This story sums up the series on my October trip to Africa and speaks to the most profound part of my visit in recognition of Black History Month. So little is known about how Africans were enslaved and transported to the Americas. How the Portuguese, the British, the French and the Dutch built and managed a series of slave ports on the West African coast which transported over 12 million slaves to the New World with more than 2 million dying during this treacherous journey*. We visited two slave forts—-the island of Gorée and the Elmina Castle, both tell a story that should never be forgotten… a visit of conscience.
Upon arriving in Dakar, the capital city of Senegal, you are immediately taken in by a uniquely contrasting society. A developing country that became independent from France in 1960, blessed with amazing sites, cuisine, customs and history, yet with its fair share of struggles in building a robust economy for its people. The city of Dakar is home to a beautiful coastline with a historical role in what is known as the African Diaspora…..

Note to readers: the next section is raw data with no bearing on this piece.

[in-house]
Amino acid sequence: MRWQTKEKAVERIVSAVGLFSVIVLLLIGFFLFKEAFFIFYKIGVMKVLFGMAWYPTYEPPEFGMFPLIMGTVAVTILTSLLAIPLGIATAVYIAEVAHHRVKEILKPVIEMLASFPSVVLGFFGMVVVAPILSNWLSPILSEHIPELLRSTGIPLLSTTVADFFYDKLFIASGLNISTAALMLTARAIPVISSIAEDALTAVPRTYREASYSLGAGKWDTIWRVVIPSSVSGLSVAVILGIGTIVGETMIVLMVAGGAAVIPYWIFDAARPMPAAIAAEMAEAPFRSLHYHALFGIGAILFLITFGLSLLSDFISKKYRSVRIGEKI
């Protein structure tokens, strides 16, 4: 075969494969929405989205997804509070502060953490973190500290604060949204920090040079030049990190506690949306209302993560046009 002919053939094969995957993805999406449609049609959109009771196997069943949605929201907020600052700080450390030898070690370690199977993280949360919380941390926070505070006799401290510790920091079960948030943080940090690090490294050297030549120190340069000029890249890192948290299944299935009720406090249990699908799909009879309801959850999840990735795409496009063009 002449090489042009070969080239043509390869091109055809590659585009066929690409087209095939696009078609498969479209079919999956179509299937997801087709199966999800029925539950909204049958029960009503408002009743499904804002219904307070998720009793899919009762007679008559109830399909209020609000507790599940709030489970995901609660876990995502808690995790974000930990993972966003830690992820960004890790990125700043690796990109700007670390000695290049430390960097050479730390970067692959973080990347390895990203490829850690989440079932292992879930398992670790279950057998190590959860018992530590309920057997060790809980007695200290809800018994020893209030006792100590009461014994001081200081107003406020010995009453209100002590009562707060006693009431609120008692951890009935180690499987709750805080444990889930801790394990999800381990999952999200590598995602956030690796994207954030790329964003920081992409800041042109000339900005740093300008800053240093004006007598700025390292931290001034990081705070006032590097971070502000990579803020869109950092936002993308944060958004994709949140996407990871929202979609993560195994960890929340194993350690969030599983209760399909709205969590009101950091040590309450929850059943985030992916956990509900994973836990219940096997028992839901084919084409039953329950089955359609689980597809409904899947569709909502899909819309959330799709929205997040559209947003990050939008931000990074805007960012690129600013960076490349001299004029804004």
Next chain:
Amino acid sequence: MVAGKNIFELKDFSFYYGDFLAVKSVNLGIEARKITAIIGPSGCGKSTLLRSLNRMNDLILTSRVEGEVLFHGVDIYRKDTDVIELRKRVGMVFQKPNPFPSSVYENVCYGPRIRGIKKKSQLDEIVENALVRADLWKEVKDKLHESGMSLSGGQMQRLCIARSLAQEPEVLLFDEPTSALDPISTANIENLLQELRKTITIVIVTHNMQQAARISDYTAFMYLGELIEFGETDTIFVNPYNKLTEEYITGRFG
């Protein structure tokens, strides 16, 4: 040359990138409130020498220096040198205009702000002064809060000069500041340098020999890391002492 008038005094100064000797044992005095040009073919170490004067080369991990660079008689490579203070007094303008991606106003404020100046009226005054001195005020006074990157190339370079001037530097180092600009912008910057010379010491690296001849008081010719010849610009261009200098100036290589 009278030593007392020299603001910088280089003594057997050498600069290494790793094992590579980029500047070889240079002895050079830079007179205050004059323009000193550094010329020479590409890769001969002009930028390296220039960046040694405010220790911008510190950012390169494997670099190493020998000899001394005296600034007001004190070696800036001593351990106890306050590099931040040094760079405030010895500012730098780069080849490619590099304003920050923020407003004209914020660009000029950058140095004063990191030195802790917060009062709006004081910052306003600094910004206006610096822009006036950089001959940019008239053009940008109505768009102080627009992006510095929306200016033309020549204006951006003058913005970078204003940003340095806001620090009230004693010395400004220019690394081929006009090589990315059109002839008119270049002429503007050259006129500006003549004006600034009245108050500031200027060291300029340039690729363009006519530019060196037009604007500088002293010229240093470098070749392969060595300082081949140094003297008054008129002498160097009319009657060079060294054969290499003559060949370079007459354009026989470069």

Africa, the mother continent of the human race where the first human skulls were discovered. A continent so misunderstood, yet rich in its history and culture as it merged with its many colonizers. Its vast resources, its people and natural beauty are unmistakably one of mystery and exoticism. A place so captivating in furthering our exploration and understanding of our humanity. So fortunate to have visited Morocco, Senegal, and Ghana — three very distinct countries that make up the 54 that represent Africa. Fourteen days later, there are too many experiences and discoveries to share. Here is my best shot at it…
First stop in Morocco is the city of Casa Blanca; this country’s economic and business capital. Upon entering the city of Casa Blanca, all those romantic notions and imagery of an ancient city from watching the movie (Casa Blanca) immediately disappears. This city is a powerhouse, a huge metropolitan center similar to any urban American or European city with its fair share of traffic jams and pedestrians. Much less exotic than some of its sister cities, yet worthy of a visit even if you don’t get to ride a camel. Here’s why….